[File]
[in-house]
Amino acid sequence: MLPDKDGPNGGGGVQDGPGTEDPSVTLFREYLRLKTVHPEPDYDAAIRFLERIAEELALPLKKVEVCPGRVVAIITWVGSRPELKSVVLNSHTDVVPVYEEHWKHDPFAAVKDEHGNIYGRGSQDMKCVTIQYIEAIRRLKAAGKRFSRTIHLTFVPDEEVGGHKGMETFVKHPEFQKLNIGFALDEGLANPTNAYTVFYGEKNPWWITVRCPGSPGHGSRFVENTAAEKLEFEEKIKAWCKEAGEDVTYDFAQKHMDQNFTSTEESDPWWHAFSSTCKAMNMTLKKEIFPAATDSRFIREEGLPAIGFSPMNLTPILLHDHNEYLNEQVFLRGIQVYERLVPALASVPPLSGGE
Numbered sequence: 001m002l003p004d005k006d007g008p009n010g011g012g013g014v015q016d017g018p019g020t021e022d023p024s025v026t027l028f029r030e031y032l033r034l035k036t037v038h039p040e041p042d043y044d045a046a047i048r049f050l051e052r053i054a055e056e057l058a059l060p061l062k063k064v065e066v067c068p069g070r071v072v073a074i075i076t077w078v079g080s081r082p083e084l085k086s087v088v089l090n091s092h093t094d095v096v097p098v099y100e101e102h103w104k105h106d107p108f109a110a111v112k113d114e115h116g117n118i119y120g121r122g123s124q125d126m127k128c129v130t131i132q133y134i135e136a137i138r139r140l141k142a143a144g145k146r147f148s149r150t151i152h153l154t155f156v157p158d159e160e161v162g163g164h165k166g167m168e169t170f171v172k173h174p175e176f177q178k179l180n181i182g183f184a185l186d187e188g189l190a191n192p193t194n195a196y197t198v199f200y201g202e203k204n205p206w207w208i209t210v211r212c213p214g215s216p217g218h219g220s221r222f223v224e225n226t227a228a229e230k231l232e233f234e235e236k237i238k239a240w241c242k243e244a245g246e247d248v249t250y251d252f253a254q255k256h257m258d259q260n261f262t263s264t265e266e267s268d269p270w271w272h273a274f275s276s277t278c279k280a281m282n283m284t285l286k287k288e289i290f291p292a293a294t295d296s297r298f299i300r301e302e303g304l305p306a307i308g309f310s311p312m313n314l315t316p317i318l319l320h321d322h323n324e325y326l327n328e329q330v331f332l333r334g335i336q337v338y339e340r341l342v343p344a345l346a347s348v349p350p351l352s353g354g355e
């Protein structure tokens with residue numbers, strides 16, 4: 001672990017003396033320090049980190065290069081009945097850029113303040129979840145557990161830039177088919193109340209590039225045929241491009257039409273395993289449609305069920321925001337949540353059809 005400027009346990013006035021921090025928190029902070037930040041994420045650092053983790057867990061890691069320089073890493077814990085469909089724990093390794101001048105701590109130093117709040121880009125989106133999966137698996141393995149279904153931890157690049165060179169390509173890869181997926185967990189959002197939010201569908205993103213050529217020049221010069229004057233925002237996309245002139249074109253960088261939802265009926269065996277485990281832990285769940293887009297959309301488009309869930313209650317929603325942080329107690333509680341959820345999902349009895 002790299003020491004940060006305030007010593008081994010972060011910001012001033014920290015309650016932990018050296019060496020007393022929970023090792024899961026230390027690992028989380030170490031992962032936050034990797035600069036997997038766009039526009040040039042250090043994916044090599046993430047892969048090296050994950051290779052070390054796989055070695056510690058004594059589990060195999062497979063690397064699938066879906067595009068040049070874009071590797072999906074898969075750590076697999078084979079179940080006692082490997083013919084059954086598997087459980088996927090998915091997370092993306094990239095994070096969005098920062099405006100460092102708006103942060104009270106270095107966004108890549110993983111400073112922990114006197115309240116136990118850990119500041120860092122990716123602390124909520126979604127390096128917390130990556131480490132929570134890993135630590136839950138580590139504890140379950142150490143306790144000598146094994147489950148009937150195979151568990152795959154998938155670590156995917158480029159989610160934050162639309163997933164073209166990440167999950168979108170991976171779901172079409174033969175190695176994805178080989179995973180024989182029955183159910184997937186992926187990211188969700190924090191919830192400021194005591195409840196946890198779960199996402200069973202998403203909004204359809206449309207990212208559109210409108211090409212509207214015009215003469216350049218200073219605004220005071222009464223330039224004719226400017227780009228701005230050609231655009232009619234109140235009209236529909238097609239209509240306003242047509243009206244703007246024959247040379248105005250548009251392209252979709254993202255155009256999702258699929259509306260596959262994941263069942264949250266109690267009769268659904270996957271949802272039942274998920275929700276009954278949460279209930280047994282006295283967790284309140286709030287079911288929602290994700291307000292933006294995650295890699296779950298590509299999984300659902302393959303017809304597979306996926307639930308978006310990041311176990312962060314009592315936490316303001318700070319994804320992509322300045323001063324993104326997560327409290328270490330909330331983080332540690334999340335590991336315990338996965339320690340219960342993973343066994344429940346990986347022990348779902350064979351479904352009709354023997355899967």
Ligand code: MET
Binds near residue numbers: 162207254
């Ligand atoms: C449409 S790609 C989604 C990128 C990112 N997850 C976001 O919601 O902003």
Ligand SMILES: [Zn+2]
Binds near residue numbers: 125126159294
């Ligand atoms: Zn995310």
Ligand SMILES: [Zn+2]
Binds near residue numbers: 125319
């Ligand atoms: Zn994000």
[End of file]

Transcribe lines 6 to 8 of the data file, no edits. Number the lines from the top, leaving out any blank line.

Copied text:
Binds near residue numbers: 162207254
């Ligand atoms: C449409 S790609 C989604 C990128 C990112 N997850 C976001 O919601 O902003």
Ligand SMILES: [Zn+2]